So outstanding is the noble intention of his argument that it would not be surprising if the Professorial Board of Taurus conferred upon him his Doctorate or even possibly; a higher degree of the “Golden Horn”.
His two charges are really one we must not agree to the wanton killing of wallabies, snakes, wildflowers, trees and even human beings, and with this thought, I wholly agree.
However, his use of Article III of the United Nations Declaration of Human Rights is in actuality his basic reason substantiating why 'we shall be guilty of hypocrisy in the highest degree.“
I am, however; a trifle puzzled: if “everyone has the right to life, liberty and security of person”, is one particular human who happens to have an arrow accurately aimed at him by another human, being hypocritical or violating the Declaration of Human Rights if he sees fit to defend himself by scaring off the human being with the accurately aimed arrow by means of a loud powdered BANG?
C/ Dept. of Posts and Telegraphs
SBW Delegates. Only two of the four delegates attended again this month. No advice was received from those unable to attend with the result that the substitute delegates were not asked to be present
The Bushwalkers' Ball- 14th September 1963 Details of table bookings are required by 11th September, 1962 in order to finalise catering arrangements. There were 237 enthusiasts there last year and this year, there will be room for at least another 70 dancers.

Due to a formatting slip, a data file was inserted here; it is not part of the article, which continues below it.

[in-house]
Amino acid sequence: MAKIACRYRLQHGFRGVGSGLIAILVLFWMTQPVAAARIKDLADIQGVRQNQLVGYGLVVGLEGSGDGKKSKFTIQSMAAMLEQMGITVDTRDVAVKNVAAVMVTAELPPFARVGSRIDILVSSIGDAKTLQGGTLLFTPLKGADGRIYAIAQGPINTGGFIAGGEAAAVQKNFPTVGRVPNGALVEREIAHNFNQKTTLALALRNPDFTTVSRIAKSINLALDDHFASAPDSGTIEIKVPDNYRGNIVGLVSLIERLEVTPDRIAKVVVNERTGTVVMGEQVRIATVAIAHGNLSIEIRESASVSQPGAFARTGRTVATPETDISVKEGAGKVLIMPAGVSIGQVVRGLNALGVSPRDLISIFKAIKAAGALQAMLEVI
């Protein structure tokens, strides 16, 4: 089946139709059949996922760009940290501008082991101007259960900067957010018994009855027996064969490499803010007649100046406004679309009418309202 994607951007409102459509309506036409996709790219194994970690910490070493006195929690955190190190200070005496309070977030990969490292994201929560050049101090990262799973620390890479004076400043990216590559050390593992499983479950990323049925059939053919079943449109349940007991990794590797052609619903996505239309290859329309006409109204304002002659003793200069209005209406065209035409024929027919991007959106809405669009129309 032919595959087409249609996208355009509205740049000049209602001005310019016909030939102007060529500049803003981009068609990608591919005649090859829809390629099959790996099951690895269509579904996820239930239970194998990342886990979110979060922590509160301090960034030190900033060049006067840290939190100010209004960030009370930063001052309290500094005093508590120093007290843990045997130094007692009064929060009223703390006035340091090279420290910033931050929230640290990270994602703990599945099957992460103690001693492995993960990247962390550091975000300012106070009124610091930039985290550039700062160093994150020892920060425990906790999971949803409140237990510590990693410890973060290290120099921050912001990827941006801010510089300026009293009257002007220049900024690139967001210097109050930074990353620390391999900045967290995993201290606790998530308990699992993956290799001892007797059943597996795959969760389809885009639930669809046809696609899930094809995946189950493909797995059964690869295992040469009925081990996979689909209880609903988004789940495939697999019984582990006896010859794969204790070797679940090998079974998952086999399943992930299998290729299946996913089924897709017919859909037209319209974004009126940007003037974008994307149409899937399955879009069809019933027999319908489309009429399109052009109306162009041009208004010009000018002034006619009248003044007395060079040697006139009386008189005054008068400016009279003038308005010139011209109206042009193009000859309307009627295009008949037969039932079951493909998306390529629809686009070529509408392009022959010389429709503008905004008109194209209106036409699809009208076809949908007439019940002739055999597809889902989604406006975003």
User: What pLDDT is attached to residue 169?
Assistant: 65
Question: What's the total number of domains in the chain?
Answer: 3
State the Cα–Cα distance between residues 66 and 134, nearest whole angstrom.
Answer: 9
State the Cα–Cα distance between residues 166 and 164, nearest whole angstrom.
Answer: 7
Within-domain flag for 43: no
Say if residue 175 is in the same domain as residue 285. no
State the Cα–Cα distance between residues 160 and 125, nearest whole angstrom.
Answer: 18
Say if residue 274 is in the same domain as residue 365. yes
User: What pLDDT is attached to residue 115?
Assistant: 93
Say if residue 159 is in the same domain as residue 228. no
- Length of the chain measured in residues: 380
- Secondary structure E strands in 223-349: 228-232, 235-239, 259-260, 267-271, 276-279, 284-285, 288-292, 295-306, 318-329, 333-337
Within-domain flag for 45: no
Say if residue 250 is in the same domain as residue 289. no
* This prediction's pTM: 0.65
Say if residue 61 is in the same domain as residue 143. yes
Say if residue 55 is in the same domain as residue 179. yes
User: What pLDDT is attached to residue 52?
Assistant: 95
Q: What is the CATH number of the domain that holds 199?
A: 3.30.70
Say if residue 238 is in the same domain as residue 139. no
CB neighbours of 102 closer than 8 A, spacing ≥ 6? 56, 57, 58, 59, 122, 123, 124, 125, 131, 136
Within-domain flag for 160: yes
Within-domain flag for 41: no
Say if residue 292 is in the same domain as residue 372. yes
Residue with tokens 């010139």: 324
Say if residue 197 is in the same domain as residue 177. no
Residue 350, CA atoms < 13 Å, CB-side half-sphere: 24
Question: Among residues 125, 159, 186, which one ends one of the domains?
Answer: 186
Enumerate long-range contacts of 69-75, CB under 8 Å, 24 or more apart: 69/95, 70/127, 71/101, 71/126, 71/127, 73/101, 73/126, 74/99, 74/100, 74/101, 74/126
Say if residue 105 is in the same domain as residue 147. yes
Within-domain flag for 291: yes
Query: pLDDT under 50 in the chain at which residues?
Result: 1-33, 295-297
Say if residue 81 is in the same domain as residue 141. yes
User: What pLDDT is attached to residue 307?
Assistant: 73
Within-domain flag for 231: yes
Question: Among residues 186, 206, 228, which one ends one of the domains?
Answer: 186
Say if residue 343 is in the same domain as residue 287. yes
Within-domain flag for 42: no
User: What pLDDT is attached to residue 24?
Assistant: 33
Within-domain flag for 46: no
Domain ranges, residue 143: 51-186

Y.M.C.A. Venturers Club has been accepted as a member of Federation.
Blue Mountains National Park. It has been suggested that primitive areas should be set aside in the Blue Mountains National Park with access by track only. Any suggestion for suitable areas of particular geological or scientific interest or containing unusual features such as aboriginal carvings, would be welcomed. One suggestion was the Grose Valley in view of the fact that only two other valleys of similar formation are known throughout the world.
Sunday October 28th WILD LIFE PRESERVATION SOCIETY is having a field day at Mt. Tomah in conjunction with the Bathurst Naturalists Club, with particular emphasis on Rain Forest Flora. Meet at Mt. Tomah turn off on Bells Line of Road at 11am. If you require transport, ring the W.L.P.S. seeretary Thistle Stead, FU1838.
(Pardon our fire trails)